Listeria risk from rockmelons

Listeria risk from rockmelons

Tasmanians who are most vulnerable to Listeria infection are being warned avoid eating rockmelons already in their home after a recent spike in Listeria cases in Australia has been linked to the fruit.

Acting Director of Public Health Scott McKeown said Listeria was a bacteria found widely in the environment and rarely causes serious illness in the general population but for vulnerable people, such as those who are aged over 70, pregnant, or have diabetes, cancer or suppressed immune systems, it can be extremely serious or even life threatening.

“As a precaution, vulnerable consumers should throw away any rockmelons in their home by double bagging them in plastic and placing in the rubbish bin.”

Dr McKeown said authorities were investigating whether a recent Listeria case in Tasmania was linked to the rockmelon outbreak. The person was treated and has since recovered.

Nationally, two people have died from Listeria linked to rockmelons.

The outbreak has been linked to a particular grower in NSW. The company has voluntarily ceased production. We have confirmed that rockmelons from this grower have been distributed to Tasmania.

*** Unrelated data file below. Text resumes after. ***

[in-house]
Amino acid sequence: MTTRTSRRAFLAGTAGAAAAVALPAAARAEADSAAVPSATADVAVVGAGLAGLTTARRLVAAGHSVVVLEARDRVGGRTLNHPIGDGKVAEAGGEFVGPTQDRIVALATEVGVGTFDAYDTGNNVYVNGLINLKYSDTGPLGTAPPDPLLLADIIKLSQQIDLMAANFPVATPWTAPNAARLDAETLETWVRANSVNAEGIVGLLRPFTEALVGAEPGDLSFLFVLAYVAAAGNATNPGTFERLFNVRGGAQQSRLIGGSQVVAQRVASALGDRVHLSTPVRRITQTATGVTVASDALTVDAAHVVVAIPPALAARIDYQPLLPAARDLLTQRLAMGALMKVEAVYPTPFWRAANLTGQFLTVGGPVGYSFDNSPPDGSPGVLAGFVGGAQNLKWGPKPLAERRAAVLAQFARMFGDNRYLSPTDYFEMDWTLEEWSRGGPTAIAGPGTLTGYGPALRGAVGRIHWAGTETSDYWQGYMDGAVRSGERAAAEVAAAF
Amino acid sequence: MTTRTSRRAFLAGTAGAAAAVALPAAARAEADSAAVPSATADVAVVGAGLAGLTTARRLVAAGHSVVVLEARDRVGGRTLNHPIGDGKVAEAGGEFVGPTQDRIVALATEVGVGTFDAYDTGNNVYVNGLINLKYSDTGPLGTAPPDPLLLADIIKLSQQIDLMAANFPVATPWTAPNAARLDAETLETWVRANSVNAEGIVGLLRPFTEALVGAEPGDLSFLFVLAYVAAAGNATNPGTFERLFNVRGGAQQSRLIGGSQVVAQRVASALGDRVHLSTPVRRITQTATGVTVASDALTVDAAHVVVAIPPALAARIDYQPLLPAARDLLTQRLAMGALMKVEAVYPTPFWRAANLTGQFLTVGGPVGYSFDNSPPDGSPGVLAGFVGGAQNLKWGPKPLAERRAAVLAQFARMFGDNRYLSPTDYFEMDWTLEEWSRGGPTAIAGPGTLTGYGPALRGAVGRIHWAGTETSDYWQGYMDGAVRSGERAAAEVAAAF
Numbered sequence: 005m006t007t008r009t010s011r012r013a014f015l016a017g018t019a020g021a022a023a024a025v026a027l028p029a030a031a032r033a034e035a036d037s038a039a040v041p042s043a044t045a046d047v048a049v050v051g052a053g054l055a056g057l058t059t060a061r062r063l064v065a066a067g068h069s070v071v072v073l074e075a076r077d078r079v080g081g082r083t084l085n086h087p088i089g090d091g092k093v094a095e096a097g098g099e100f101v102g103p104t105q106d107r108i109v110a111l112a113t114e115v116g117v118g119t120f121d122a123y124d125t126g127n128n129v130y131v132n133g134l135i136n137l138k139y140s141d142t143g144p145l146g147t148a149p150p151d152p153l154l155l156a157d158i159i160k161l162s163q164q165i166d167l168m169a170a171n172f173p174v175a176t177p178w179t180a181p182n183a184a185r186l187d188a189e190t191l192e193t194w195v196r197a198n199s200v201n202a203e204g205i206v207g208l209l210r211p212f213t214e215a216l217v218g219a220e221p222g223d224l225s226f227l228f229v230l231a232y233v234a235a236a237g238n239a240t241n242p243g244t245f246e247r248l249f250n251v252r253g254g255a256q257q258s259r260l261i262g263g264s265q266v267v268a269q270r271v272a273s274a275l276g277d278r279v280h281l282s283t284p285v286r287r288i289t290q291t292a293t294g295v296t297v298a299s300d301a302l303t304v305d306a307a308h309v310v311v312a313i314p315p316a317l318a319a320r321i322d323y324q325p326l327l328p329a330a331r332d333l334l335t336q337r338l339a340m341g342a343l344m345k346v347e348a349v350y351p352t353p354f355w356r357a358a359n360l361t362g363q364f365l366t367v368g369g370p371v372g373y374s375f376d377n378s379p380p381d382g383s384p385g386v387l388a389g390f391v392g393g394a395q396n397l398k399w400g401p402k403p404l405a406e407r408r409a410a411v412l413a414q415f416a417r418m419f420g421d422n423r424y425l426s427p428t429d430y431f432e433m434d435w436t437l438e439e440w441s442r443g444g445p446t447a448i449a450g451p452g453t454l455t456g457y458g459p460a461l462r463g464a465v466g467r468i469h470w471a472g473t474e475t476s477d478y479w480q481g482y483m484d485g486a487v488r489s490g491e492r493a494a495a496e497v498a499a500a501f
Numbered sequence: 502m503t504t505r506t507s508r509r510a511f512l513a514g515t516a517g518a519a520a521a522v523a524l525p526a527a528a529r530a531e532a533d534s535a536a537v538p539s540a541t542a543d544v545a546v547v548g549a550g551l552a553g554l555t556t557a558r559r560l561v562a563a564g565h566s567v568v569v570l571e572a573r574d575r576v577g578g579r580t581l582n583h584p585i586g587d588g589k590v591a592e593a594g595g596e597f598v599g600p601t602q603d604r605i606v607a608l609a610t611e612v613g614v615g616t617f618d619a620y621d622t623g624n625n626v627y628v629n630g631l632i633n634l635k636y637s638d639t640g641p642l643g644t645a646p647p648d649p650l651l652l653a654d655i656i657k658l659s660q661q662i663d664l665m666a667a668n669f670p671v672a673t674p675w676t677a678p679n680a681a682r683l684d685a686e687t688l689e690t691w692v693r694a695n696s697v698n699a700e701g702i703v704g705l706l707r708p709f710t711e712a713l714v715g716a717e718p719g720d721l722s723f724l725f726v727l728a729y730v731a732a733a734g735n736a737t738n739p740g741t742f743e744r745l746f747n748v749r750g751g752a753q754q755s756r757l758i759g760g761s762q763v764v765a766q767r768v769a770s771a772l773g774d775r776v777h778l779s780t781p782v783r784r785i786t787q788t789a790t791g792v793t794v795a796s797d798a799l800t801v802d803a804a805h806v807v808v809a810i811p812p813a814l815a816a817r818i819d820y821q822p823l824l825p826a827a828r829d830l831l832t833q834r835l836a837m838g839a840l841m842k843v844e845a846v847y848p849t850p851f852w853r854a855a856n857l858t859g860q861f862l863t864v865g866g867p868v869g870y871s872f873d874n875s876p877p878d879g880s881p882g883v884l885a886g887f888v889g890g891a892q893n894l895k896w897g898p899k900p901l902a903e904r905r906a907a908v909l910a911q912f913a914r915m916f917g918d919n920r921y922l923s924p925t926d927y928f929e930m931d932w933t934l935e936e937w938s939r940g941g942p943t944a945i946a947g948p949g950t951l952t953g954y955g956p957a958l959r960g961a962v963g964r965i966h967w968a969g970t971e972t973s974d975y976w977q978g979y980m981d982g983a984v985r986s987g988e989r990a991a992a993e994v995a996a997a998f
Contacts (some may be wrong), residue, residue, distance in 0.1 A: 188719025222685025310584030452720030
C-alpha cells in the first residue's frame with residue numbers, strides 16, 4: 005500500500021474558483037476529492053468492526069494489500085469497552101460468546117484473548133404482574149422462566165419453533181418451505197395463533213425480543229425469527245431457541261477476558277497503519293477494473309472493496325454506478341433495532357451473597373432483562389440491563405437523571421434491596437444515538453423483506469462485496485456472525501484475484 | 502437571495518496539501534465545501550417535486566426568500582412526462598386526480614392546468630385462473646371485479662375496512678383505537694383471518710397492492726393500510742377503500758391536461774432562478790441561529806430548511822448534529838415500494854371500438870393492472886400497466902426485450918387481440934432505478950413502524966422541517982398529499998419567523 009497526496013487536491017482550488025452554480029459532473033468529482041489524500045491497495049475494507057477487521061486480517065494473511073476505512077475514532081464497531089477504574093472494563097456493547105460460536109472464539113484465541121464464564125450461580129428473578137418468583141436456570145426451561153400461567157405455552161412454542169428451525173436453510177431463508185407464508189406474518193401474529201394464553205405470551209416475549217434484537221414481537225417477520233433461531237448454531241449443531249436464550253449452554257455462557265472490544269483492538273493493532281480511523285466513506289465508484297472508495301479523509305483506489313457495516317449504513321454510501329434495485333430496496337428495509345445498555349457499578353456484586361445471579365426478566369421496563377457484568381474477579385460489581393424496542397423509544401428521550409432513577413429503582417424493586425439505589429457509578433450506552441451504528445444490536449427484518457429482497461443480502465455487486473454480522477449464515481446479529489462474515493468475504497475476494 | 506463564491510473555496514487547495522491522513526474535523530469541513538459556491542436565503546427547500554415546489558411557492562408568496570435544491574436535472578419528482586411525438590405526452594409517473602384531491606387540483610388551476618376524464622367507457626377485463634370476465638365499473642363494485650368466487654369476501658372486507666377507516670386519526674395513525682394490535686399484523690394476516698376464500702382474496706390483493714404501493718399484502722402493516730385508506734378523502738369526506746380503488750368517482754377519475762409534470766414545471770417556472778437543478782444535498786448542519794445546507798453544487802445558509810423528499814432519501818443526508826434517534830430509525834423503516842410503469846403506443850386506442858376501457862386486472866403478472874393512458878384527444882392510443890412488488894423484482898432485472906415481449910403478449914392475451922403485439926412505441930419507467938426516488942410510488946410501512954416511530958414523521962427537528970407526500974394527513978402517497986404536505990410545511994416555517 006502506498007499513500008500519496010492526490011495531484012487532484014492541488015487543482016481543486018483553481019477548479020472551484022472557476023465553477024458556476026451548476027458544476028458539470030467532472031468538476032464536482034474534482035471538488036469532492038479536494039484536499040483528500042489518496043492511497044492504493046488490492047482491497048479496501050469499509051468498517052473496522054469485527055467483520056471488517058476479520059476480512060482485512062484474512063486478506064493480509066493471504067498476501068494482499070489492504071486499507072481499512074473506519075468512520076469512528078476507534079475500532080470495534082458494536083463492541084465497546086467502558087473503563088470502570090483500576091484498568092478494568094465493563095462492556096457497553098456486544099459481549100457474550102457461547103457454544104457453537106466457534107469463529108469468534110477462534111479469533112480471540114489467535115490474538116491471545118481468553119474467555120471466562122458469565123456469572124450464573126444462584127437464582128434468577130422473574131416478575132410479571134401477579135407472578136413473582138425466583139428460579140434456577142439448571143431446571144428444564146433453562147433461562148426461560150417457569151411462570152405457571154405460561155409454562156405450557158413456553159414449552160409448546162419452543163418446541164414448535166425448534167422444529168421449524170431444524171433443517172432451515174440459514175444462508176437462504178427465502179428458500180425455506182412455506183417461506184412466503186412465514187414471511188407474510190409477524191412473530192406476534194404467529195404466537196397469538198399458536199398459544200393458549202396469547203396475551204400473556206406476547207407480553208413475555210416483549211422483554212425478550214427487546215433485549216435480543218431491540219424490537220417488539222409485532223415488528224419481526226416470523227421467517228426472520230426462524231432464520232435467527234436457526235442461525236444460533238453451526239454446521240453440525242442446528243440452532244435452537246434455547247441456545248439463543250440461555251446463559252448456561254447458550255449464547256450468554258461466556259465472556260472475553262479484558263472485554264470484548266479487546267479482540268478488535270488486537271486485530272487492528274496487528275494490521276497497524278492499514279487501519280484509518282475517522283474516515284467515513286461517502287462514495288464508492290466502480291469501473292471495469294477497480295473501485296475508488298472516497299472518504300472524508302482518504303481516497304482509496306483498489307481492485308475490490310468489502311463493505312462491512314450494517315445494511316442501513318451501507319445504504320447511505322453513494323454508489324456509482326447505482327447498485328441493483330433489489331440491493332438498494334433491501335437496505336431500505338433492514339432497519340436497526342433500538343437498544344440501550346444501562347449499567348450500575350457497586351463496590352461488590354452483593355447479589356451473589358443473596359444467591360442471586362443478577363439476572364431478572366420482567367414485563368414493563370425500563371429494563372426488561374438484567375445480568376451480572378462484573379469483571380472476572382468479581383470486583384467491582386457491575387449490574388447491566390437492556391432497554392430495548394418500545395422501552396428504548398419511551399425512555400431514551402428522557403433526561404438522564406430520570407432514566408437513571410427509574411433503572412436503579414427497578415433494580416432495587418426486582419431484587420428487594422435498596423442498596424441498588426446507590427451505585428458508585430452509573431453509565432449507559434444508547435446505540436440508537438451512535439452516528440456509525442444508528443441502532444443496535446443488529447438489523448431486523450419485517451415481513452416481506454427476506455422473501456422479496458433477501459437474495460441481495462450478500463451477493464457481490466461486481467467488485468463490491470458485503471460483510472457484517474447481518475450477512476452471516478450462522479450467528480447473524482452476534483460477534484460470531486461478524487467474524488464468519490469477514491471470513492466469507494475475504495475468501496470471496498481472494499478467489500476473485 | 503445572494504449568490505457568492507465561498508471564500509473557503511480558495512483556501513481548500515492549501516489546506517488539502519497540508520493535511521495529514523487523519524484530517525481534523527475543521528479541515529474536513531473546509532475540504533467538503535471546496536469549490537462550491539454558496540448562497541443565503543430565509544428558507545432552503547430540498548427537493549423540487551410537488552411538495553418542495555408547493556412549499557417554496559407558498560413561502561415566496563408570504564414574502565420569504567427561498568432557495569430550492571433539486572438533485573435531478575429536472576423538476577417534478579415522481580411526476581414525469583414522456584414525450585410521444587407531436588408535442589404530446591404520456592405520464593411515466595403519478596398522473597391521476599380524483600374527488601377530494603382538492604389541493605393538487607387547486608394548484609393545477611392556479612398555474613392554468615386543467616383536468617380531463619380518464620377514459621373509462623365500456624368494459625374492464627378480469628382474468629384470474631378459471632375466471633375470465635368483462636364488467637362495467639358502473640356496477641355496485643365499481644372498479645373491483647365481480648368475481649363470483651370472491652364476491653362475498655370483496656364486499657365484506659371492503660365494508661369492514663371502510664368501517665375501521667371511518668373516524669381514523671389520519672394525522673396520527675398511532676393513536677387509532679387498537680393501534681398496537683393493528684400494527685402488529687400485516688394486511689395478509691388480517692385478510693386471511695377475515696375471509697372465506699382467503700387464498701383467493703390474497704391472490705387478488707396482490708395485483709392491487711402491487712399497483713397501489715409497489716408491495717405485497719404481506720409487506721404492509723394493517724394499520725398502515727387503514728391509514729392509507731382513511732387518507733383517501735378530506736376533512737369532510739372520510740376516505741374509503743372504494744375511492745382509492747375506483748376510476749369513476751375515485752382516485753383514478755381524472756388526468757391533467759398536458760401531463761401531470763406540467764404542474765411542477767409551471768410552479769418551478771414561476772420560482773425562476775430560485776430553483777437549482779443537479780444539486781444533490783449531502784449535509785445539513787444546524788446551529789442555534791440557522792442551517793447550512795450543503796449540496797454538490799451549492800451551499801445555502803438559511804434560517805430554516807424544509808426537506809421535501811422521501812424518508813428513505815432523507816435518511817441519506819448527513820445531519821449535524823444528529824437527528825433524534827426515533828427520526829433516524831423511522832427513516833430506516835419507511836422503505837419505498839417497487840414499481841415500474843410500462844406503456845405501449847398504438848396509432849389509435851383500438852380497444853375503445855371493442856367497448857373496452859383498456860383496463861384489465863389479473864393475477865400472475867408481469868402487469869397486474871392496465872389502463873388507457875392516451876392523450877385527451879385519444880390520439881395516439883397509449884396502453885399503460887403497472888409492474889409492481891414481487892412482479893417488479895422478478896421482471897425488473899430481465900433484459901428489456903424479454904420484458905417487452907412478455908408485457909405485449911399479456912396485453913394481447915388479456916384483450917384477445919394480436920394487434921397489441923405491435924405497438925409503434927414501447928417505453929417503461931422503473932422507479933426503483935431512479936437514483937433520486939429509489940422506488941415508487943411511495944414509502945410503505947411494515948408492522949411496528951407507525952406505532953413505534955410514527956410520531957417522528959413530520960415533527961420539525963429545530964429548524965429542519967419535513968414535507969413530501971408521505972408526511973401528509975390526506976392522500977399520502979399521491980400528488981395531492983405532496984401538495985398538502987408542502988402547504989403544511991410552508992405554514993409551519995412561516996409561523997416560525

“Affected rockmelons are being removed from supermarkets, so consumers can be assured rockmelons currently available are not affected by this outbreak.”

“Listeria infection starts with flu-like symptoms such as fever, chills, muscle aches, nausea, and sometimes diarrhoea. The symptoms can take a few days to six weeks to appear after eating contaminated food.”

“People at risk should consult their local doctor as early as possible if symptoms appear.”

Listeria bacteria are quite common in the environment and vulnerable people are encouraged to always avoid foods that pose a risk of Listeria infection, including:

  • Pre-cut melons such as rockmelon or watermelon
  • Pre-packed cold salads including coleslaw and fresh fruit salad
  • Pre-cooked cold chicken, cold delicatessen meats, pâté
  • Raw seafood, uncooked smoked seafood (e.g. smoked salmon)
  • Unpasteurised milk or milk products, soft cheeses (e.g. brie, camembert, ricotta or blue-vein)
  • Sprouted seeds or raw mushrooms

Listeriosis Fact Sheet

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